Do You Know The Silly Reason Why America Put A Man On The Moon? Do You Know Why We Stopped Going?

Fact check badge


…They’re a thing. We love them. We also know they’re hard to come by on the Internet. That’s why we have a team of fact-checkers double-checking everything we post, with standards that meet or exceed anyone else on the web. So go ahead and share your favorite thing from Upworthy with the full confidence that it's on the level — and that you’ll look really smart doing it. Not that you need any help with that, of course.

If we discover that something less-than-facty slipped through the cracks, we’ll always be up front with you. Check our corrections page for more information.

Neil deGrasse Tyson is more than just an excellent tour guide through the cosmos — he’s a true voice for our endangered space program. In this piece, he reminds us how our passion for space missions began and makes a compelling case that we must not abandon our quests and dreams.

Let us renew our commitment to lead the world in space exploration and let us resolve to reach to the heavens once again so that our species may one day truly go where no one has gone before.

Show Transcript Hide Transcript

Here's what happened. In the 1960's we were at war with the Soviet Union - Cold War. And a little bit of hot war over in Southeast Asia.

So, we feared them [Soviet Union] because they put up Sputnik. Which, by the way, people forget was an emptied out casing of an intercontinental ballistic missile. And Sputnik itself means "Fellow Traveler". So, it sounds all peaceful, but it was a ballistic missile head without explosives.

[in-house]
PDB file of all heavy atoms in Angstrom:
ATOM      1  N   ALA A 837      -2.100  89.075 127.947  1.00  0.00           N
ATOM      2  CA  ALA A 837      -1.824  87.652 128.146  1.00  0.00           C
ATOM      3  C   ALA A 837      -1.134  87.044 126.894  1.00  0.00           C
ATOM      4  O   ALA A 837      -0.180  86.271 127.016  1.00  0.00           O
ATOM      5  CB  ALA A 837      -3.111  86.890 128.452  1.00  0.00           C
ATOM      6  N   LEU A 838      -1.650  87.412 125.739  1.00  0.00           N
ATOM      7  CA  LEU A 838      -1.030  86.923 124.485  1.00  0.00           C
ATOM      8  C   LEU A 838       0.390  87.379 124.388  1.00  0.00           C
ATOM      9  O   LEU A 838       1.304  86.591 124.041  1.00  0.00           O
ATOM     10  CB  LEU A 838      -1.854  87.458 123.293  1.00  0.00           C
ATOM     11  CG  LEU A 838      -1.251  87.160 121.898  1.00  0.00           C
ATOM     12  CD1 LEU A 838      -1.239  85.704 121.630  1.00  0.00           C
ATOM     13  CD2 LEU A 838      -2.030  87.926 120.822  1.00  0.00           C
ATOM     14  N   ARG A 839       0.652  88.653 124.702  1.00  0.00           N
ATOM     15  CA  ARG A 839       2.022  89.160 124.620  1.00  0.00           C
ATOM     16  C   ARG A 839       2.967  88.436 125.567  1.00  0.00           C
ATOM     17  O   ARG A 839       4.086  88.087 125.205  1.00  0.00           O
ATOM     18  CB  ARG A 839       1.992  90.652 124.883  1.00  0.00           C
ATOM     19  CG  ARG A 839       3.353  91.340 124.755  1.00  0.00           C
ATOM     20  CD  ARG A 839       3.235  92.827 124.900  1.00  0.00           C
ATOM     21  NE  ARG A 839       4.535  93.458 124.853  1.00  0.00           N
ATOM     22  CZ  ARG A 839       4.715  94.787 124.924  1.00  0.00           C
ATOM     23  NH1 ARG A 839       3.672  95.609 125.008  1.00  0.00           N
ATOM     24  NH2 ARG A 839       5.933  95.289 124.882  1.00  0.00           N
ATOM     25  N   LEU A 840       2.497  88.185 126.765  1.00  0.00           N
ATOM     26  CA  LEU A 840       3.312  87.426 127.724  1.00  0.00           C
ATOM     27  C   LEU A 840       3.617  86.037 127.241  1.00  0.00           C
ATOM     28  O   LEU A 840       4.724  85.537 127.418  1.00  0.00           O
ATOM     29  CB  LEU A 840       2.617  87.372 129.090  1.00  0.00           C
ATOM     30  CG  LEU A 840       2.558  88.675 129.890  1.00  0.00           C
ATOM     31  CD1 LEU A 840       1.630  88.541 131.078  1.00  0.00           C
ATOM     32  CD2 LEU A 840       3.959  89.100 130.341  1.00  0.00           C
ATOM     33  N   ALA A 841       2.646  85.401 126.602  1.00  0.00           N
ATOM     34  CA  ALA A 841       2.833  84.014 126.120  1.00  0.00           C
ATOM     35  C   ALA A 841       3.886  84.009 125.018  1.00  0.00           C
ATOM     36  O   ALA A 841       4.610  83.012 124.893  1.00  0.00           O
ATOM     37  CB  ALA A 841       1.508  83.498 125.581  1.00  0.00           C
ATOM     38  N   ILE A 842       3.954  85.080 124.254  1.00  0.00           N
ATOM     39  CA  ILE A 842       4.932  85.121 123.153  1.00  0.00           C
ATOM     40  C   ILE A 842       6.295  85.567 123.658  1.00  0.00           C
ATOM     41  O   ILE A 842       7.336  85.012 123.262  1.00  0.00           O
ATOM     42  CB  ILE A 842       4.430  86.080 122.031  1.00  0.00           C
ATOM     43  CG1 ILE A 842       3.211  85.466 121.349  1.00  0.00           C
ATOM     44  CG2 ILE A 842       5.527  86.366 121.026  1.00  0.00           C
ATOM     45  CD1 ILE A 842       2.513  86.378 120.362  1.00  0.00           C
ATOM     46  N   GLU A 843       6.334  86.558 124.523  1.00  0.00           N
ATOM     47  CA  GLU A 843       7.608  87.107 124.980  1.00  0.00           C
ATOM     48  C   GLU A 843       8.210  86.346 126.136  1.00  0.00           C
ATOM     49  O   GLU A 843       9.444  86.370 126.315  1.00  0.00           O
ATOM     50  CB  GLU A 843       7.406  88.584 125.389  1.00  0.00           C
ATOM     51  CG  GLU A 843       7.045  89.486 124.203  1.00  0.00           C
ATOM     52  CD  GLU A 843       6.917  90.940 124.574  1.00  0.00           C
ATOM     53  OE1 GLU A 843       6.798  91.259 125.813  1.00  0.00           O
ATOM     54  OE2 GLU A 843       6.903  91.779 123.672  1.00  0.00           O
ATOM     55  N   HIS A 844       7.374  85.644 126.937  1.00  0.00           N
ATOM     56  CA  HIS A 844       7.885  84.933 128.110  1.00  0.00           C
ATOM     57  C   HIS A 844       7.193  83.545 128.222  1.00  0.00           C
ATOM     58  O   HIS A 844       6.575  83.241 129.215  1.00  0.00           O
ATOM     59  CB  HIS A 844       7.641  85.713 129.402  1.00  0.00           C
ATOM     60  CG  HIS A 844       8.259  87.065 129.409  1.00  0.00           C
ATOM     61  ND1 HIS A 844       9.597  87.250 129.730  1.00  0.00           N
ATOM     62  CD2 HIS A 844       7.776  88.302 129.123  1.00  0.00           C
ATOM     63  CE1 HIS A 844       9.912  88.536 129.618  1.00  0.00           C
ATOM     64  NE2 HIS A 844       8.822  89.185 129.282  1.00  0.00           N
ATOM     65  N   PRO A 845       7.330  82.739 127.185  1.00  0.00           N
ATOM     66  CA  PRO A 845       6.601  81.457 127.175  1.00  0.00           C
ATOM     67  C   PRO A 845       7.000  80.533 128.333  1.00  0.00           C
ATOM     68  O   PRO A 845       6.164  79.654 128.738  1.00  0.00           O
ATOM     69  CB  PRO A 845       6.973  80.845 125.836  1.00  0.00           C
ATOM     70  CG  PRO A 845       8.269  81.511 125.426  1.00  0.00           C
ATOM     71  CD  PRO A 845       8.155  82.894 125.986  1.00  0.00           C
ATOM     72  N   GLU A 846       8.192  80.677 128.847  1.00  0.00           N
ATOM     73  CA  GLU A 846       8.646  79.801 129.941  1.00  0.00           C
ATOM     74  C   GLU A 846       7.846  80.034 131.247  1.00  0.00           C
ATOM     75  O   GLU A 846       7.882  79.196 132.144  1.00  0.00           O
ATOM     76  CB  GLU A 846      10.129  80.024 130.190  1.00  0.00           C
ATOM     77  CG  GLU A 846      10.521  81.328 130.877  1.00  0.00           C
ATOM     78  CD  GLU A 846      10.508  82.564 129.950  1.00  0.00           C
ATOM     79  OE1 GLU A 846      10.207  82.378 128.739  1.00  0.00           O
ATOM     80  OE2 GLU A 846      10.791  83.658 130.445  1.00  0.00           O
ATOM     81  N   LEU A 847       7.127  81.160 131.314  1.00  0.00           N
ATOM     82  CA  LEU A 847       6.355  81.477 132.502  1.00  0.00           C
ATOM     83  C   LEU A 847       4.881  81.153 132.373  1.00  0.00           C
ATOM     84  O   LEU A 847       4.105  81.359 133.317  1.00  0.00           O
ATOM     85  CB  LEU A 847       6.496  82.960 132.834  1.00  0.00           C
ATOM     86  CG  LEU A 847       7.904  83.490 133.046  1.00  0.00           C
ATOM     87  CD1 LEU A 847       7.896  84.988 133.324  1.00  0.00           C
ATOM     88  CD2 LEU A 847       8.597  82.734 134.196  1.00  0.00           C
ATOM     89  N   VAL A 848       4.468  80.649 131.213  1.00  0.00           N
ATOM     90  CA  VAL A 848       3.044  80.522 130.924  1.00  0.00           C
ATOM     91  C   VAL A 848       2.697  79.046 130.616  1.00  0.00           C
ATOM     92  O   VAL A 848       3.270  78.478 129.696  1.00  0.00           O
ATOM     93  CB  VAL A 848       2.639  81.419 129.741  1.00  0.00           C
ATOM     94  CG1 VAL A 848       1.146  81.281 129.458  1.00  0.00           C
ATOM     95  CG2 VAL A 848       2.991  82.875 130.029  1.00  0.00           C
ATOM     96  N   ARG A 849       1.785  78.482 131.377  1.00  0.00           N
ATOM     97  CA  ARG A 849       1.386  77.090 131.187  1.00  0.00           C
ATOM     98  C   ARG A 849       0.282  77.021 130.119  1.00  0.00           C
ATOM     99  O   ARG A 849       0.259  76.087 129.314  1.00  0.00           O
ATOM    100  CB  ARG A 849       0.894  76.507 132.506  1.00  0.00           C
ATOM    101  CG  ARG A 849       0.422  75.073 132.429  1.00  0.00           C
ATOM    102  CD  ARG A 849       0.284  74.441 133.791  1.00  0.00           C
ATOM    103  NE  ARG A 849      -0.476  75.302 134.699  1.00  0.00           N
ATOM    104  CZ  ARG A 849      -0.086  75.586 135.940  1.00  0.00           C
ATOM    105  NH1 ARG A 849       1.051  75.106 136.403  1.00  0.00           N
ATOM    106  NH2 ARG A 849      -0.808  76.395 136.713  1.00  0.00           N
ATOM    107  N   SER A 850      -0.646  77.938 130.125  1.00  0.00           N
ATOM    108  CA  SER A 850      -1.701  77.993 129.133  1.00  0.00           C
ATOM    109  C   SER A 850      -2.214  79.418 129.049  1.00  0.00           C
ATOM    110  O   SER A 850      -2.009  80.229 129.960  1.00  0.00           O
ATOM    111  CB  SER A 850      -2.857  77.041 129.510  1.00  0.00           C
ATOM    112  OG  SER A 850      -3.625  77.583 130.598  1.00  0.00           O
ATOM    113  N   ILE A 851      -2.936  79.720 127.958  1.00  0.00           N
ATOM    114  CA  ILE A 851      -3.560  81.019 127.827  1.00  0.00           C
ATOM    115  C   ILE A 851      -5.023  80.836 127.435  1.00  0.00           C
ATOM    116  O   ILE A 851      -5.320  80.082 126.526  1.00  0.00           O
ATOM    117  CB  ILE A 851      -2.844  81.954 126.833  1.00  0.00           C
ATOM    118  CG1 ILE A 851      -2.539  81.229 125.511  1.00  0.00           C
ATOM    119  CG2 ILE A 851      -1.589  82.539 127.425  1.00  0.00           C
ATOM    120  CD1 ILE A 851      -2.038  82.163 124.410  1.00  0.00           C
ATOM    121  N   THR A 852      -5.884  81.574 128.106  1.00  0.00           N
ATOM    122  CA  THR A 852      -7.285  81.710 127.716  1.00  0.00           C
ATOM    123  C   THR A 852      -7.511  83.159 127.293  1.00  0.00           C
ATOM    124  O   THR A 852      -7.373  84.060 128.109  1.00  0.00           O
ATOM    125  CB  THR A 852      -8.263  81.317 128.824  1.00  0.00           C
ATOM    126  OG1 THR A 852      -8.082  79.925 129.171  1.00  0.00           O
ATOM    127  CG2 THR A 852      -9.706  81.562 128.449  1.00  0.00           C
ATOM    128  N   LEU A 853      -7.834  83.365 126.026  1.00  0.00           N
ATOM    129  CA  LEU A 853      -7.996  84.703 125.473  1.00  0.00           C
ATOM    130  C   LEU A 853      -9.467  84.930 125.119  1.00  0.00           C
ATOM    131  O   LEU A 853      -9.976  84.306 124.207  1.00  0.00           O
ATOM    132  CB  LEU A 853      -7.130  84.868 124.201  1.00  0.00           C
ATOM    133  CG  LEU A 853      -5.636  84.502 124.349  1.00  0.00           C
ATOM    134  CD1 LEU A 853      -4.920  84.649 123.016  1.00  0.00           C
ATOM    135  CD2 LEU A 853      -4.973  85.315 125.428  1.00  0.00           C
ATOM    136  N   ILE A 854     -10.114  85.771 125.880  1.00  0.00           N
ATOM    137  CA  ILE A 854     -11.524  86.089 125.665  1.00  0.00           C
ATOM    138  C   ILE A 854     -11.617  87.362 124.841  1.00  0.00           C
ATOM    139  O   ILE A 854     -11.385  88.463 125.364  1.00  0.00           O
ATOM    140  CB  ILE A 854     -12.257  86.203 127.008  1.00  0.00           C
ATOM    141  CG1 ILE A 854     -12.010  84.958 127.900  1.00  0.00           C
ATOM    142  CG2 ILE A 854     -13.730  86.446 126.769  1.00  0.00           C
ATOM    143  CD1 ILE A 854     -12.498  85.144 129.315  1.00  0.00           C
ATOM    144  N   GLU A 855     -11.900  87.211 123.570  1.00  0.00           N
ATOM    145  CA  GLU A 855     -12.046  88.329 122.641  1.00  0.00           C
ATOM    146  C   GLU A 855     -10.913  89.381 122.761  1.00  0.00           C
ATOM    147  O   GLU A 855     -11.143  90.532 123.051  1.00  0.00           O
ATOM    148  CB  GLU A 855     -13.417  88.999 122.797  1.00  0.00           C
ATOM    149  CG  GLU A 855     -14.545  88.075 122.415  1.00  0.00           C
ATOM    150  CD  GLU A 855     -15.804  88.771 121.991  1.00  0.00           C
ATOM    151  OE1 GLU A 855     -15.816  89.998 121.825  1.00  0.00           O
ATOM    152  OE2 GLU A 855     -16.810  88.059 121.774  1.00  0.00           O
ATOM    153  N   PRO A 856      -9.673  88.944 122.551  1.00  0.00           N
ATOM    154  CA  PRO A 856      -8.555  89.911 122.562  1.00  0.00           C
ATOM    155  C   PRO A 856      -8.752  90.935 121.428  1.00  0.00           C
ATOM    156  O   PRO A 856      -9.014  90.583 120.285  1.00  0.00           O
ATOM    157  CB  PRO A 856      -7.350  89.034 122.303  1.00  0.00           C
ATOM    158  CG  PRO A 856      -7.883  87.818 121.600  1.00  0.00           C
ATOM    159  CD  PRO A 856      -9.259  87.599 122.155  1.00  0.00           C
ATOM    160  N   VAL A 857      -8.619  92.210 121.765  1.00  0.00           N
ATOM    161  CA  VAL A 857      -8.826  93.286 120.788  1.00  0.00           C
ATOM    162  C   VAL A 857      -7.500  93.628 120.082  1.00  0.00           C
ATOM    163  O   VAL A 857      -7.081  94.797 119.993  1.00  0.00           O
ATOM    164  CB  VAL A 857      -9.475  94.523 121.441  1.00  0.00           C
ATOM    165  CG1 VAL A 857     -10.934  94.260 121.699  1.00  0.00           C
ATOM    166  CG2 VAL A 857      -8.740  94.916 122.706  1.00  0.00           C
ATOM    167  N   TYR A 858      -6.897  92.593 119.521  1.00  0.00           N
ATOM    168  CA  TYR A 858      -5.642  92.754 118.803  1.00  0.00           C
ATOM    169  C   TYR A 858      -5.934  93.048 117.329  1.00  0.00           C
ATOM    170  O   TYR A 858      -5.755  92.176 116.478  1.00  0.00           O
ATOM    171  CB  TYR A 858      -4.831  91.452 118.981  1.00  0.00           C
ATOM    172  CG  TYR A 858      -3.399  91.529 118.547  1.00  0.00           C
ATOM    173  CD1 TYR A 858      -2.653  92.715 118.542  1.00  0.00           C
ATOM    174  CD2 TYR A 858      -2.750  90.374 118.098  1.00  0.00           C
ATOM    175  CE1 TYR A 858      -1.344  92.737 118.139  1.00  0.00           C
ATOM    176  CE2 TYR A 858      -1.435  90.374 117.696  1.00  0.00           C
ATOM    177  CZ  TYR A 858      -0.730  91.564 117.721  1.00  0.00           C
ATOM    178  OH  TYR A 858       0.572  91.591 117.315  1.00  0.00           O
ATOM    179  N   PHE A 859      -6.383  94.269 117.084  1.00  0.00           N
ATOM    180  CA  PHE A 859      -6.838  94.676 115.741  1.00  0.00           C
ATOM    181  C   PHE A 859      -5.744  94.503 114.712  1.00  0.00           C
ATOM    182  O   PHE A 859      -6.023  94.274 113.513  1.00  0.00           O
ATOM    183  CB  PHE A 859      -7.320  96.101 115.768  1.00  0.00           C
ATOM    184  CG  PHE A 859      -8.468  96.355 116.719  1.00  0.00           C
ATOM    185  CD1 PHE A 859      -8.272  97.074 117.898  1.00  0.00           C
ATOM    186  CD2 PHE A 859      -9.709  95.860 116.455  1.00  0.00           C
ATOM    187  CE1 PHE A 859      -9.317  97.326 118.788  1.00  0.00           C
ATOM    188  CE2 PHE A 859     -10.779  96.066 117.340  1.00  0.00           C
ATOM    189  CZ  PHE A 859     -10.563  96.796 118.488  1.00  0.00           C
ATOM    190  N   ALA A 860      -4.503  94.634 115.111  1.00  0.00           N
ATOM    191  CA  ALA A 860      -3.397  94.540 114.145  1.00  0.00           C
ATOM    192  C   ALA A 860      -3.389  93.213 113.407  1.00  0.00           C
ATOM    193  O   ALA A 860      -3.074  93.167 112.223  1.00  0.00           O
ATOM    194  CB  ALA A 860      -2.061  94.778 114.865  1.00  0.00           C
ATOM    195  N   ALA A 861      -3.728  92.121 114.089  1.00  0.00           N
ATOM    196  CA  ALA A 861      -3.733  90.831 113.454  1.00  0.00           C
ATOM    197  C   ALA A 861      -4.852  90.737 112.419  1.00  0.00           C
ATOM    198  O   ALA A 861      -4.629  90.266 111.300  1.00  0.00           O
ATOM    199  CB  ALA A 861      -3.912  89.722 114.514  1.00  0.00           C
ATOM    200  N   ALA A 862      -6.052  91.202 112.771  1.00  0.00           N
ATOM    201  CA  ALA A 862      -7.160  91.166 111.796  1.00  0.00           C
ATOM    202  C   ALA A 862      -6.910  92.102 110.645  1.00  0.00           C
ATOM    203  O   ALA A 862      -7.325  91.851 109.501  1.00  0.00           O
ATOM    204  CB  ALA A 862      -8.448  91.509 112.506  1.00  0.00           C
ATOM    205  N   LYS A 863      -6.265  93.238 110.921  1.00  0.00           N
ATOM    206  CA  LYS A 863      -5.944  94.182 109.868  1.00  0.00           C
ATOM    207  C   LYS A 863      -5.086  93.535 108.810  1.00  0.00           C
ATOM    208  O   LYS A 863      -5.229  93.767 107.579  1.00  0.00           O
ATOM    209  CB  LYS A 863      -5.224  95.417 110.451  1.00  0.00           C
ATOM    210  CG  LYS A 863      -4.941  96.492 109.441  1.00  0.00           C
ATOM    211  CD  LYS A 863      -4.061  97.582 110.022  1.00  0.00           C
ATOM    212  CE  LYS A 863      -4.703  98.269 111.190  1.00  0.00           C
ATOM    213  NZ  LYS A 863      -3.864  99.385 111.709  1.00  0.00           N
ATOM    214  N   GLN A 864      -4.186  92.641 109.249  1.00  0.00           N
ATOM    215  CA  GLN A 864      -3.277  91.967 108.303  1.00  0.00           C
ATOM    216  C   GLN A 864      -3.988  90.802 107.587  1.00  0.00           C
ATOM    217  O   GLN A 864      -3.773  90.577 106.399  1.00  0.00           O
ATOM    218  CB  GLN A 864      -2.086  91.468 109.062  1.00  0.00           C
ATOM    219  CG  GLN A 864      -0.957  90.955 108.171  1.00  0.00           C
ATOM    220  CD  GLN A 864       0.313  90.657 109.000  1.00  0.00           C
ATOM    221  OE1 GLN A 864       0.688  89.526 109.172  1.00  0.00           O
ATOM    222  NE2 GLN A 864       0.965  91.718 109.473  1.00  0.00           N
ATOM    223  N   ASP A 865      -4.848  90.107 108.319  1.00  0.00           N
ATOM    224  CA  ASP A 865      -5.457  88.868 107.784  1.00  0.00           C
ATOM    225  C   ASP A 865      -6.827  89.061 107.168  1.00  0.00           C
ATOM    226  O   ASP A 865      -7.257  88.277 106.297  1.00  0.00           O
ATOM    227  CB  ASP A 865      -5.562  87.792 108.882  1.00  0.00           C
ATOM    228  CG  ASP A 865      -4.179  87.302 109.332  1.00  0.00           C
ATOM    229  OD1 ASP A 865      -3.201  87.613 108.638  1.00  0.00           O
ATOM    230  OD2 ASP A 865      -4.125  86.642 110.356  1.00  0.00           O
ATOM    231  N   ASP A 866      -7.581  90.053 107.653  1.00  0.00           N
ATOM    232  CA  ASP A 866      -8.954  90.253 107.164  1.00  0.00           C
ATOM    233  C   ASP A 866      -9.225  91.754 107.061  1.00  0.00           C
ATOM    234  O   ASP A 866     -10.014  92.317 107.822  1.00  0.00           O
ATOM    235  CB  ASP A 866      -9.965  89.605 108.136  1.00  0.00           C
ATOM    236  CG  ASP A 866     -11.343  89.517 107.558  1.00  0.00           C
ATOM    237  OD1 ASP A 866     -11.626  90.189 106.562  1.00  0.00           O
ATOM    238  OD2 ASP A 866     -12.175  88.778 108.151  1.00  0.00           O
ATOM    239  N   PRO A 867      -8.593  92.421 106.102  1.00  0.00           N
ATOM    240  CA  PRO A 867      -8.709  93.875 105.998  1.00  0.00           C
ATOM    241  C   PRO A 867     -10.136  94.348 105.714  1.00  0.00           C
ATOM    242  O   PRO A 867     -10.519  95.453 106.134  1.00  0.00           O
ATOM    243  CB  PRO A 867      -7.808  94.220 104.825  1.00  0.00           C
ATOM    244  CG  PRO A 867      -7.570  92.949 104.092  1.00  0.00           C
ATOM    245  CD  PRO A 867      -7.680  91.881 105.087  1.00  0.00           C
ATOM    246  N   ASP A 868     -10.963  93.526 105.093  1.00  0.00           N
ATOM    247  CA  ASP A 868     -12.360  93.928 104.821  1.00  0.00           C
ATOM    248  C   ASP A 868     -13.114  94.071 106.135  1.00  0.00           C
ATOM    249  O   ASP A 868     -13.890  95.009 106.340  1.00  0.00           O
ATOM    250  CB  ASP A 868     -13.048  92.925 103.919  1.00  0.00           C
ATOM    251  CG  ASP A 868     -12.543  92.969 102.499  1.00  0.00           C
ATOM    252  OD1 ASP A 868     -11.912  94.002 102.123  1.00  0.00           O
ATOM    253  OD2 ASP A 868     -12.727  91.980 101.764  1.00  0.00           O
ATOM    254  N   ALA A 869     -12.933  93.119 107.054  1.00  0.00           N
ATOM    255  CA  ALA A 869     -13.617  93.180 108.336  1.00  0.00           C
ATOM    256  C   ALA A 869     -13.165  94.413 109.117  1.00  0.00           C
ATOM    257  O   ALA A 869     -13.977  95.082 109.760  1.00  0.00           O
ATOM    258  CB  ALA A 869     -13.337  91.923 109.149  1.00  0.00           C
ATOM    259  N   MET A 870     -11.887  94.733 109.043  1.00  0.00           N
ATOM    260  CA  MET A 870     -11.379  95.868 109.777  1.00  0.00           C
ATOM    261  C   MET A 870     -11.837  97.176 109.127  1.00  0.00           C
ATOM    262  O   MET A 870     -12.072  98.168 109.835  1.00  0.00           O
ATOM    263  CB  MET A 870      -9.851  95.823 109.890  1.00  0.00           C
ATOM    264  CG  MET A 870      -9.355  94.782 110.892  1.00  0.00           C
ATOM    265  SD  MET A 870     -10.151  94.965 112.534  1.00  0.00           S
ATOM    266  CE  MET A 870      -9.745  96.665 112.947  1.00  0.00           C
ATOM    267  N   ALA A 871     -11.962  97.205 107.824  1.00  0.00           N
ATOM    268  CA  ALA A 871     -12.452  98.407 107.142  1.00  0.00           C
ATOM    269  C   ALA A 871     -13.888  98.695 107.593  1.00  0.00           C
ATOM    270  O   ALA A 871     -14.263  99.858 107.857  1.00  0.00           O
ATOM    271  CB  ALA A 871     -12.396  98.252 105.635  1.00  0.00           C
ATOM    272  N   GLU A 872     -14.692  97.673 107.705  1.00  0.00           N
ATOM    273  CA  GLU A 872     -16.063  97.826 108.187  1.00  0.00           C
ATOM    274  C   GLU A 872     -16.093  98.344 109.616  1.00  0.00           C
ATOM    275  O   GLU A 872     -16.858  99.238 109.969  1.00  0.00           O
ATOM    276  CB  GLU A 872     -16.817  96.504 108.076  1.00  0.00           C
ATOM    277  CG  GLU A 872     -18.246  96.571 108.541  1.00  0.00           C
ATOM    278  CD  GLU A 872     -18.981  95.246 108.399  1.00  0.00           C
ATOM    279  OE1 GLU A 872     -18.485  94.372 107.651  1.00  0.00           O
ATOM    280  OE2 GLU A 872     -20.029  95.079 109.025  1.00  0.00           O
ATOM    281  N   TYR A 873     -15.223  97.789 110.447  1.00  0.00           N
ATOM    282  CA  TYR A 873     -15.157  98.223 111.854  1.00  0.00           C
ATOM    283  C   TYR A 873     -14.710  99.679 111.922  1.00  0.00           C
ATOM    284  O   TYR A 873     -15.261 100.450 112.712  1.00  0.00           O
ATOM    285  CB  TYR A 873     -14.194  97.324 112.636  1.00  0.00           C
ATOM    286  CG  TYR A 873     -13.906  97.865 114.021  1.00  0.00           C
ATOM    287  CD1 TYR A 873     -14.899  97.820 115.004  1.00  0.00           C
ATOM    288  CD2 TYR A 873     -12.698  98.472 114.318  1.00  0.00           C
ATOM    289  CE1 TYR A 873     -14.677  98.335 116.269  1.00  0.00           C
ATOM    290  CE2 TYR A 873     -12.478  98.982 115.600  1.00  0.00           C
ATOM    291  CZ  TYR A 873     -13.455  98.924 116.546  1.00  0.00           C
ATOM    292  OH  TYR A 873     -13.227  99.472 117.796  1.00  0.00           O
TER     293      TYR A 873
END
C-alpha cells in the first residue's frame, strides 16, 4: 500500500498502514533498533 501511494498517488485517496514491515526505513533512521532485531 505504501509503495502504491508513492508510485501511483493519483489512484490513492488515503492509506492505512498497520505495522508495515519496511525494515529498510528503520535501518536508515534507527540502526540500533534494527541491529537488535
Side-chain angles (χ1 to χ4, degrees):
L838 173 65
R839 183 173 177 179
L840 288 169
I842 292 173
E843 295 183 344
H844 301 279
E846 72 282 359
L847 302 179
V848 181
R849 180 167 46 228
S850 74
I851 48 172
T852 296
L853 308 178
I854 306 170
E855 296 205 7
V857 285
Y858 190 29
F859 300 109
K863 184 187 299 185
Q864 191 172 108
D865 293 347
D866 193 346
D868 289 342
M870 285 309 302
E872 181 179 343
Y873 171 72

So, that was a signal and we freaked in America. So NASA got founded on the fear factor of Sputnik. All right, so we then go to the Moon on the fear factor that Russia will control high ground.

Then we go the moon. Space enthusiasts say, "Oh, we're on the Moon by '69! We'll be on Mars in another 10 years." They completely did not understand why we got to the Moon in the first place - we were at war. Once we saw that Russia was not ready to land on the Moon, we stopped going to the Moon. That should not surprise anybody looking back on it.

That entire era galvanized the nation.

Meanwhile, however, that entire era galvanized the nation. Forget the war driver, it galvanized us all to dream about tomorrow. To think about the homes of tomorrow. The cities of tomorrow. The food of tomorrow. Everything was future world - future land.

The World's Fair - all of this - was focused on enabling people to make tomorrow come. That was a cultural mindset the space program brought upon us. And we reaped the benefits of economic growth because you had people wanting to become scientists and engineers - who are the people who enable tomorrow to exist today.

And even if you're not a scientist or technologist, you will value that activity. That, in the 21st Century, are the foundation of tomorrow's economies and without it, we might as well just slide back to the caves because that's where we're heading right now - broke.